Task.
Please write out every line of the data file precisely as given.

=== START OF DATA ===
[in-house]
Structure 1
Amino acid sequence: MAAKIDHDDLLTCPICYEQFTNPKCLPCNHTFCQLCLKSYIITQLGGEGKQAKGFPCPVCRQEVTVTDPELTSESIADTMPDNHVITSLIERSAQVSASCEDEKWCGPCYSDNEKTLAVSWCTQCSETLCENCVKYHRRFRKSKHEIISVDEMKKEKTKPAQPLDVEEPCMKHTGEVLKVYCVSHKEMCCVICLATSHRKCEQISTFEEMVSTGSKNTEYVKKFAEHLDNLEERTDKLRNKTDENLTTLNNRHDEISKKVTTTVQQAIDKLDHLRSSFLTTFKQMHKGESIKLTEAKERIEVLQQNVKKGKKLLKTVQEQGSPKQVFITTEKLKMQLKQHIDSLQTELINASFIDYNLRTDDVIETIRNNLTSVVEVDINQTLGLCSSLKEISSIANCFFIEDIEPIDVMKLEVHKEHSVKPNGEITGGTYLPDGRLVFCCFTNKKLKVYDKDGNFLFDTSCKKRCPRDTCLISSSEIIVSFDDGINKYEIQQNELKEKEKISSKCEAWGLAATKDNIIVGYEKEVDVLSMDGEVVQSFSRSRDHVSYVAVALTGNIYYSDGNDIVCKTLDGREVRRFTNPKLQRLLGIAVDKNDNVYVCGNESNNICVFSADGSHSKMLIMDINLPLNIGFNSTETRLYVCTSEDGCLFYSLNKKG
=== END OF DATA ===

[in-house]
Structure 1
Amino acid sequence: MAAKIDHDDLLTCPICYEQFTNPKCLPCNHTFCQLCLKSYIITQLGGEGKQAKGFPCPVCRQEVTVTDPELTSESIADTMPDNHVITSLIERSAQVSASCEDEKWCGPCYSDNEKTLAVSWCTQCSETLCENCVKYHRRFRKSKHEIISVDEMKKEKTKPAQPLDVEEPCMKHTGEVLKVYCVSHKEMCCVICLATSHRKCEQISTFEEMVSTGSKNTEYVKKFAEHLDNLEERTDKLRNKTDENLTTLNNRHDEISKKVTTTVQQAIDKLDHLRSSFLTTFKQMHKGESIKLTEAKERIEVLQQNVKKGKKLLKTVQEQGSPKQVFITTEKLKMQLKQHIDSLQTELINASFIDYNLRTDDVIETIRNNLTSVVEVDINQTLGLCSSLKEISSIANCFFIEDIEPIDVMKLEVHKEHSVKPNGEITGGTYLPDGRLVFCCFTNKKLKVYDKDGNFLFDTSCKKRCPRDTCLISSSEIIVSFDDGINKYEIQQNELKEKEKISSKCEAWGLAATKDNIIVGYEKEVDVLSMDGEVVQSFSRSRDHVSYVAVALTGNIYYSDGNDIVCKTLDGREVRRFTNPKLQRLLGIAVDKNDNVYVCGNESNNICVFSADGSHSKMLIMDINLPLNIGFNSTETRLYVCTSEDGCLFYSLNKKG